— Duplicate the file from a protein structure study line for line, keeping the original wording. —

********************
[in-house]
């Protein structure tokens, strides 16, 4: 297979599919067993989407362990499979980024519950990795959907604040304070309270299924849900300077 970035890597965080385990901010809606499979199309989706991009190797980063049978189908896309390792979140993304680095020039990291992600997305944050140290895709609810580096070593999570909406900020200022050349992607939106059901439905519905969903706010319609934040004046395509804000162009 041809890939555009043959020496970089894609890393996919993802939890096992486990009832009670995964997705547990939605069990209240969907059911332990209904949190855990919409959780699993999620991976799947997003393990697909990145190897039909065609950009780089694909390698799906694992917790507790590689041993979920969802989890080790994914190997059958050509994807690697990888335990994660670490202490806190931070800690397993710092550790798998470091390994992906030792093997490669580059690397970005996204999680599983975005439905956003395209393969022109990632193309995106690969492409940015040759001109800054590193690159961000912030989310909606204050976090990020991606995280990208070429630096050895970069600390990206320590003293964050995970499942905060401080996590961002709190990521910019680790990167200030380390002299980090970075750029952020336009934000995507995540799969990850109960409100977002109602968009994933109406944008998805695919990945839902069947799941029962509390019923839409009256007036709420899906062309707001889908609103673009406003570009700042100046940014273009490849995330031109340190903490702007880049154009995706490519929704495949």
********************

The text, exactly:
[in-house]
């Protein structure tokens, strides 16, 4: 297979599919067993989407362990499979980024519950990795959907604040304070309270299924849900300077 970035890597965080385990901010809606499979199309989706991009190797980063049978189908896309390792979140993304680095020039990291992600997305944050140290895709609810580096070593999570909406900020200022050349992607939106059901439905519905969903706010319609934040004046395509804000162009 041809890939555009043959020496970089894609890393996919993802939890096992486990009832009670995964997705547990939605069990209240969907059911332990209904949190855990919409959780699993999620991976799947997003393990697909990145190897039909065609950009780089694909390698799906694992917790507790590689041993979920969802989890080790994914190997059958050509994807690697990888335990994660670490202490806190931070800690397993710092550790798998470091390994992906030792093997490669580059690397970005996204999680599983975005439905956003395209393969022109990632193309995106690969492409940015040759001109800054590193690159961000912030989310909606204050976090990020991606995280990208070429630096050895970069600390990206320590003293964050995970499942905060401080996590961002709190990521910019680790990167200030380390002299980090970075750029952020336009934000995507995540799969990850109960409100977002109602968009994933109406944008998805695919990945839902069947799941029962509390019923839409009256007036709420899906062309707001889908609103673009406003570009700042100046940014273009490849995330031109340190903490702007880049154009995706490519929704495949």